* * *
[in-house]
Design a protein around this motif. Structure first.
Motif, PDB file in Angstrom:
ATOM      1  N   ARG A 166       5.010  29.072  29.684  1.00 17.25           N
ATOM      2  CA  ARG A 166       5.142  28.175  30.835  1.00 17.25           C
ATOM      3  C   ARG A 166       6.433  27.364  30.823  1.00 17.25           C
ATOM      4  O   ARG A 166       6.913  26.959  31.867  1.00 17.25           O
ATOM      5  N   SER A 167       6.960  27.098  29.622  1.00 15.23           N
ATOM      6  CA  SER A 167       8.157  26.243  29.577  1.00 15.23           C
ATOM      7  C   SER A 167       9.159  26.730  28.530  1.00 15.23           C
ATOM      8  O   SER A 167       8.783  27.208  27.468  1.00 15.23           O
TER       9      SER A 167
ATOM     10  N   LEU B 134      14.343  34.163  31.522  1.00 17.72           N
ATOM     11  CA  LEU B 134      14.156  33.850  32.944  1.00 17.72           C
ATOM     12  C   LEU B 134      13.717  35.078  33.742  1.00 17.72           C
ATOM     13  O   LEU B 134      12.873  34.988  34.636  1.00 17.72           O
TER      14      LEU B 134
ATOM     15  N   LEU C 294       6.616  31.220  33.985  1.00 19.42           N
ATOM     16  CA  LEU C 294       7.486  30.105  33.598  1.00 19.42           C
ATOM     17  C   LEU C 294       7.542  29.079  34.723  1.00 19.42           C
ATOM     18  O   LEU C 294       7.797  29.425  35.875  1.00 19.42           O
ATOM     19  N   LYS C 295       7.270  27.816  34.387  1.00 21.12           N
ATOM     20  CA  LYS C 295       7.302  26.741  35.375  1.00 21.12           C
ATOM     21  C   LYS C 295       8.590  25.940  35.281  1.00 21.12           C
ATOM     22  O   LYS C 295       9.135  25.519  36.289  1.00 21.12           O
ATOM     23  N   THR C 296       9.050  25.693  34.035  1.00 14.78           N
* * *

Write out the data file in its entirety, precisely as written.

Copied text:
[in-house]
Design a protein around this motif. Structure first.
Motif, PDB file in Angstrom:
ATOM      1  N   ARG A 166       5.010  29.072  29.684  1.00 17.25           N
ATOM      2  CA  ARG A 166       5.142  28.175  30.835  1.00 17.25           C
ATOM      3  C   ARG A 166       6.433  27.364  30.823  1.00 17.25           C
ATOM      4  O   ARG A 166       6.913  26.959  31.867  1.00 17.25           O
ATOM      5  N   SER A 167       6.960  27.098  29.622  1.00 15.23           N
ATOM      6  CA  SER A 167       8.157  26.243  29.577  1.00 15.23           C
ATOM      7  C   SER A 167       9.159  26.730  28.530  1.00 15.23           C
ATOM      8  O   SER A 167       8.783  27.208  27.468  1.00 15.23           O
TER       9      SER A 167
ATOM     10  N   LEU B 134      14.343  34.163  31.522  1.00 17.72           N
ATOM     11  CA  LEU B 134      14.156  33.850  32.944  1.00 17.72           C
ATOM     12  C   LEU B 134      13.717  35.078  33.742  1.00 17.72           C
ATOM     13  O   LEU B 134      12.873  34.988  34.636  1.00 17.72           O
TER      14      LEU B 134
ATOM     15  N   LEU C 294       6.616  31.220  33.985  1.00 19.42           N
ATOM     16  CA  LEU C 294       7.486  30.105  33.598  1.00 19.42           C
ATOM     17  C   LEU C 294       7.542  29.079  34.723  1.00 19.42           C
ATOM     18  O   LEU C 294       7.797  29.425  35.875  1.00 19.42           O
ATOM     19  N   LYS C 295       7.270  27.816  34.387  1.00 21.12           N
ATOM     20  CA  LYS C 295       7.302  26.741  35.375  1.00 21.12           C
ATOM     21  C   LYS C 295       8.590  25.940  35.281  1.00 21.12           C
ATOM     22  O   LYS C 295       9.135  25.519  36.289  1.00 21.12           O
ATOM     23  N   THR C 296       9.050  25.693  34.035  1.00 14.78           N